In the weeks since Facebook launched its location service Places, it has been refining the product while users and businesses get more comfortable and explore its potential. Places is being further integrated around the site, with check-ins listed on the Events home page and in the right sidebar. Businesses have begun claiming their Places, opening that Place’s wall to user posts, photos, and more.
Recent Checkins Module: Upon launch, Places was more of an isolated feature, with little representation on the web version of Facebook. Now, users are reminded of the product on many areas of the site. Along with Places stories in the news feed and Places pages, users are now seeing a “Recent Checkins” module in the right sidebar while viewing other in-house apps like Photos and Events. Surfacing highly relevant content you might have missed, similar to Photo Memories and Unread Messages, Recent Checkins shows the profile pic, name, Place, and time of a checkin recently made by a friend.
Current Events with Time Stamps: The Events home page includes a “Happening Now” panel to inform users of the day’s events and birthdays, to which Facebook added checkins two weeks ago. Facebook now includes the exact time of checkins in “Happening Now” to ensure users don’t trek to their local coffee shop to meet a friend who actually checked in 3 hours ago and has since left. It’s still not as useful as the checkin feed offered to mobile users, but third party developer PlacePop recently released a Facebook app to bring this functionality to the web version of Facebook.
Here Now: Facebook has also enabled the “Here Now” function to show strangers at the same location as you. The result: Instead of waiting for third-party apps to help them meet new people, some users are sending Facebook messages to strangers they see on the “Here Now” list in hopes of forging new connections.
Facebook says that the Here Now list which “lets you see who else is currently checked in at that Place” was active since the launch of Places, but many could only see friends in this list at first. Now when a user is checked in to a Place, they can see the names, profile pics, and links to the profiles of anyone also checked in there who hasn’t disabled the Here Now feature. Users don’t have granular control over Here Now, meaning they need to reveal their identity to everyone also checked in to the same Place, or hide themselves on Here Now even from their friends.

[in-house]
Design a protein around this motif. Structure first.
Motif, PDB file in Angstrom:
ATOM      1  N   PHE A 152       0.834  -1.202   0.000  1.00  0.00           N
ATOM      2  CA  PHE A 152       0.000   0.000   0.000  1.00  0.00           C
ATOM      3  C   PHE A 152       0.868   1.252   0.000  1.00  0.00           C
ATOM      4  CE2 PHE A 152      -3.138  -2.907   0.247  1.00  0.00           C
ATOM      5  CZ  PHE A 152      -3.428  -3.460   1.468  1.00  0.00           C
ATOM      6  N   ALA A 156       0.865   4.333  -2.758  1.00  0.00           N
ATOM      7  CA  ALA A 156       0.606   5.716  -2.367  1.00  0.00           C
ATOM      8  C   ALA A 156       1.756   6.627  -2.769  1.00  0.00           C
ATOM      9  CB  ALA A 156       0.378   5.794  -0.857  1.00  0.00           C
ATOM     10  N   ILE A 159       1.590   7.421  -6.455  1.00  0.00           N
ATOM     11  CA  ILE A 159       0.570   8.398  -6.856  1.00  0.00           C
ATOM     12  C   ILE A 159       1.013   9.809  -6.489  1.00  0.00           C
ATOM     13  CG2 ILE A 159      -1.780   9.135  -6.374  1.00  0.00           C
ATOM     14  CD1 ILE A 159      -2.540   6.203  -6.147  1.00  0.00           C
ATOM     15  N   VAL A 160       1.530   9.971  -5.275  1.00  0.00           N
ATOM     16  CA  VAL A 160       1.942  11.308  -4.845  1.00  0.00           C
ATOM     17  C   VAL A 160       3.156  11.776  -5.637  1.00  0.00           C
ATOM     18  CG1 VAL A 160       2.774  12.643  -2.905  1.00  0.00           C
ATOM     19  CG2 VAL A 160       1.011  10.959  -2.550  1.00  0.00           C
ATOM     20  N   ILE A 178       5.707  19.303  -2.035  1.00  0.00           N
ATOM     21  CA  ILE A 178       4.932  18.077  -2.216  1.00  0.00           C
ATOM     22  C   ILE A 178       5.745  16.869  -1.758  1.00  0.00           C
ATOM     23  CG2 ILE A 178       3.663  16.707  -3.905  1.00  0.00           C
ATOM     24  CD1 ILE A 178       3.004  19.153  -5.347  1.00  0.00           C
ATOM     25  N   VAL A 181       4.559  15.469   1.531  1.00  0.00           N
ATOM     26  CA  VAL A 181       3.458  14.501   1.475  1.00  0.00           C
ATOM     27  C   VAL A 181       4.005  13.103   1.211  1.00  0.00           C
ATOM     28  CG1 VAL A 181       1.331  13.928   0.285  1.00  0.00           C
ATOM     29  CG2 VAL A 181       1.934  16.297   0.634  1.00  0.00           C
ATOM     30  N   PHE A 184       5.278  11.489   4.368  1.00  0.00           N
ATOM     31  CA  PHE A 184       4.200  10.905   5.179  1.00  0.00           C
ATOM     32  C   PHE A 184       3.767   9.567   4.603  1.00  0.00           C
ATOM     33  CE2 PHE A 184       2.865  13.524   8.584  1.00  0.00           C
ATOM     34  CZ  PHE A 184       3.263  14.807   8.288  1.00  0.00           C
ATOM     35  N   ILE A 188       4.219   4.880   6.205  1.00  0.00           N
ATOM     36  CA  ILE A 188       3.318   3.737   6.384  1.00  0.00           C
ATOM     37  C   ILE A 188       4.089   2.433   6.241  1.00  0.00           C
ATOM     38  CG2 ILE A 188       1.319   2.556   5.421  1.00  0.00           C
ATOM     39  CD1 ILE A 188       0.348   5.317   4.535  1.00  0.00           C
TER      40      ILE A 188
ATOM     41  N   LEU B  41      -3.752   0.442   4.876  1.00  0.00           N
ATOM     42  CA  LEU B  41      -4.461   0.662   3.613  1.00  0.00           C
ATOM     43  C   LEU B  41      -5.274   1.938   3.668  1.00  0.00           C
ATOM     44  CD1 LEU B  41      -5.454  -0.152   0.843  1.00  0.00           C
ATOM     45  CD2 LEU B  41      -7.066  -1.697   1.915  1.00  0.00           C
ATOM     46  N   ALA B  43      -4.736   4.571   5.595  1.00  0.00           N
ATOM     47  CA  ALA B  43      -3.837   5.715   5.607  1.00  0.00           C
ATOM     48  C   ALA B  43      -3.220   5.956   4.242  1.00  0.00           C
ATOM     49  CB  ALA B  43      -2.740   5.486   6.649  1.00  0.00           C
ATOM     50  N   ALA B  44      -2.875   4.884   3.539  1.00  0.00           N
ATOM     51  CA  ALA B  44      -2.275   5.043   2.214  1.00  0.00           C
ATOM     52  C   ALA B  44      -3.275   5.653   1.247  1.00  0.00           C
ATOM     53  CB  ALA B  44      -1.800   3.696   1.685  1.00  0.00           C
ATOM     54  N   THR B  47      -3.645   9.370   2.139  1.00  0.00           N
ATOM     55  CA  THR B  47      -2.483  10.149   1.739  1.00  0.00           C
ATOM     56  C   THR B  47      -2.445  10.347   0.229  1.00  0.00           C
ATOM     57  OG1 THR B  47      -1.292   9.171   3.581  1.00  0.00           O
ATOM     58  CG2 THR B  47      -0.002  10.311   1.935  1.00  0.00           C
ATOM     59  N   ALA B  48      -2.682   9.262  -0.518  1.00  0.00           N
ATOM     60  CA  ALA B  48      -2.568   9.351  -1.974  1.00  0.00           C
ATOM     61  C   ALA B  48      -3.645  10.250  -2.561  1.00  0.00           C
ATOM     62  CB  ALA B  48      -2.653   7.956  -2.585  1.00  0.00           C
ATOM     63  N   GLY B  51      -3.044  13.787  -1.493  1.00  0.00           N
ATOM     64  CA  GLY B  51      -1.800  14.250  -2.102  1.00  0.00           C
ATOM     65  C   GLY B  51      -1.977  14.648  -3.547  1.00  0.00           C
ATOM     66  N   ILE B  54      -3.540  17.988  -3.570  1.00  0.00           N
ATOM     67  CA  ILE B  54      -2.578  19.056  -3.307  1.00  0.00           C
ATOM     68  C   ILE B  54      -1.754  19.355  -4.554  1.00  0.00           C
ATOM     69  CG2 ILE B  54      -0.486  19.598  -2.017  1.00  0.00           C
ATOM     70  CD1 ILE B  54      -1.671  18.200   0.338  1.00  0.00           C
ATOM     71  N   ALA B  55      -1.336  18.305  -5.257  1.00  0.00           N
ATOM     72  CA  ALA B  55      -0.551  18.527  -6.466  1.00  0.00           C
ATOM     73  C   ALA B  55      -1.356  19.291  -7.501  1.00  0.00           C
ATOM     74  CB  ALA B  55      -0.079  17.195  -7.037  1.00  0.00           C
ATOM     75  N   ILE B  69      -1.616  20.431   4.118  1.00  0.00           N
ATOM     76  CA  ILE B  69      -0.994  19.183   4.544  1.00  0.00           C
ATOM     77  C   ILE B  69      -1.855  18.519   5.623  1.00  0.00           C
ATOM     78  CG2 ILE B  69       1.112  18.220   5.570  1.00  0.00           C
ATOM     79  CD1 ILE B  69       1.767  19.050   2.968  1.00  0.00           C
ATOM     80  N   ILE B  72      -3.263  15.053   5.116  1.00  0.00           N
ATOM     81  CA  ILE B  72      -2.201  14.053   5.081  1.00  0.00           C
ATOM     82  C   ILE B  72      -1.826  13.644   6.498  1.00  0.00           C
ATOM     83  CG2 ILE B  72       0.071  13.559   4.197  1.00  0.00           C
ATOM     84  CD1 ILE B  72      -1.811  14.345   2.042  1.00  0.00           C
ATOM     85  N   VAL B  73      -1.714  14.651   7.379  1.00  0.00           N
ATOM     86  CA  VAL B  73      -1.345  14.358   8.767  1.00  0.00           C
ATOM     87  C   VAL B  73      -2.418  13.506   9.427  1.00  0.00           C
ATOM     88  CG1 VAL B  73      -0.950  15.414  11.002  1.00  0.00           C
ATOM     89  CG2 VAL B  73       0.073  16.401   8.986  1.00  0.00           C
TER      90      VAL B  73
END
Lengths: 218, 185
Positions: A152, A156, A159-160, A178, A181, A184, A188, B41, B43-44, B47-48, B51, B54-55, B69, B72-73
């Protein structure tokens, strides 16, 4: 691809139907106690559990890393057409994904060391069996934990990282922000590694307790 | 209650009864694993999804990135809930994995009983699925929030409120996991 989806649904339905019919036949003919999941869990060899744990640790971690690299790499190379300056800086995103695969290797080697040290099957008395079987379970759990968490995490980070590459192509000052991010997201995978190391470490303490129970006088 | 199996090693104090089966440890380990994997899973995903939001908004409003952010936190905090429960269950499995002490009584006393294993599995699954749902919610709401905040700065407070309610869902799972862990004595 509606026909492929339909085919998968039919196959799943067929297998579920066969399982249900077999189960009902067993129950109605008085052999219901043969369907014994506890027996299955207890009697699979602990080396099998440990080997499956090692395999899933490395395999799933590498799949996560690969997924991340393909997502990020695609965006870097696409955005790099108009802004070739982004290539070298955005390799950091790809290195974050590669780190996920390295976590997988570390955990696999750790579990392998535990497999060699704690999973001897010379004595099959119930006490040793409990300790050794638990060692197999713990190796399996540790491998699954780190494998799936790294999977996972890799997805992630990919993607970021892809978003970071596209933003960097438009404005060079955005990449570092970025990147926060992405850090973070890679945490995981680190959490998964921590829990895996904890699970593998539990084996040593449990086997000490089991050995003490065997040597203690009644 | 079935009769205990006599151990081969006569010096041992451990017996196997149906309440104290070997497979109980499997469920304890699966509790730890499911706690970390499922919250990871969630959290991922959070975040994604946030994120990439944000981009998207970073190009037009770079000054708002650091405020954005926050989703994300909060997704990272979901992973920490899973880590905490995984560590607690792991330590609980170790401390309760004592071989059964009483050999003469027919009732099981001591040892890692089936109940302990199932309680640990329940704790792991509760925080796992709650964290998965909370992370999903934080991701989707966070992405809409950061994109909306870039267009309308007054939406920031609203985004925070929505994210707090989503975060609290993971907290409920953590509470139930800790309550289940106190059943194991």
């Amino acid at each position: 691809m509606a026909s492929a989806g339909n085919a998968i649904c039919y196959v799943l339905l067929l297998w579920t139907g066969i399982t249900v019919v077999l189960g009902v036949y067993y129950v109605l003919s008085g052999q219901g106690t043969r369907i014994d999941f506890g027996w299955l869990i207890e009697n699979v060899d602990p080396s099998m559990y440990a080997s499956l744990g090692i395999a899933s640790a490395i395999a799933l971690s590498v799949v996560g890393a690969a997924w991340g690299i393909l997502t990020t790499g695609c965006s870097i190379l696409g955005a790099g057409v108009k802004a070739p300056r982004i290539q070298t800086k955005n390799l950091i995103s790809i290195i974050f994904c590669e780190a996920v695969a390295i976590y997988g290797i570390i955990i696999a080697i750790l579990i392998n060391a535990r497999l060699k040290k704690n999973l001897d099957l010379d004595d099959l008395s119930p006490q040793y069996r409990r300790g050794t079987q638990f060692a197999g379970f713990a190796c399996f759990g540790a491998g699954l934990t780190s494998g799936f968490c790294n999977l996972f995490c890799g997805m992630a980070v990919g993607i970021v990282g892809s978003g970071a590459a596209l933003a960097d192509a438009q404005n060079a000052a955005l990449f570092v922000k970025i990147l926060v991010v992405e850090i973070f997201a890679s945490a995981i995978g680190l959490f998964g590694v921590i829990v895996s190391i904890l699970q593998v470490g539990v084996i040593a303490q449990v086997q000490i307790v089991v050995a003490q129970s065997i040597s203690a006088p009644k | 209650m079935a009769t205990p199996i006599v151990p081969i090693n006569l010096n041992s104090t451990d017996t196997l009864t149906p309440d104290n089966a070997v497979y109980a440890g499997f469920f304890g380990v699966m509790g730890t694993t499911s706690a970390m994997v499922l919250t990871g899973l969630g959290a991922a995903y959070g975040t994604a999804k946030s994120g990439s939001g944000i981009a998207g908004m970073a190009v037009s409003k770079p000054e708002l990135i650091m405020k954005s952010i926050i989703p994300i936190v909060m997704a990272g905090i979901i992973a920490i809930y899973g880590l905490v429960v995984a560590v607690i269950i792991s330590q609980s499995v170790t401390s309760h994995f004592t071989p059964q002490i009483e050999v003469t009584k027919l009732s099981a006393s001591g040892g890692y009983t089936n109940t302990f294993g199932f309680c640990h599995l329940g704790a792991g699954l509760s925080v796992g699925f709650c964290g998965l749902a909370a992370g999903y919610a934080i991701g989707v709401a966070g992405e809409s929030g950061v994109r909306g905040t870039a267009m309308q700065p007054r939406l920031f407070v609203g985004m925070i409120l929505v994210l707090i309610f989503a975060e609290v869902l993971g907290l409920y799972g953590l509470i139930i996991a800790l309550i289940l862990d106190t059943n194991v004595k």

Those who leave Here Now enabled open themselves up to strangers. Since users can check in as frequently as they want to anywhere within half a mile of their GPS coordinates, one could theoretically check in all over town and scan each Place’s Here Now list to maliciously locate someone. Less sinister, but awkward and creepy to some is that since Here Now provides links to user profiles, its easy for someone at the same Place as you to send you a private message. We have received reports that users are now spotting someone from across the bar; matching their face to a profile pic on Here Now; clicking through to their profile; and messaging them. For some this could a fun way to meet people, but it could make others weary of the Here Now feature.
Most important at the three-week mark, though, is that people are still using Places. Initially, active users were checking in everywhere they went, but now they are mostly checking in to Places they want their friends to join them at. Group outings to parks, sporting events, and bars are seeing more checkins, while short, individual visits to coffee shops and non-name restaurants are producing less checkins. Users are signaling prestige by checking into high-profile restaurants, and broadcasting their mobility and general location by checking in to their departure and arrival airports. Checkins to one’s home at the end of the night are used to convey that one is no longer accepting inbound communications, and many are checking in to their Place of work – a common practice on older location services like Foursquare.
Places, and the user behavior that surrounds it, will evolve over time. Facebook can bolster long term popularity of the product if they use this crucial period to react to feedback and mold Places to facilitate its developing usage trends.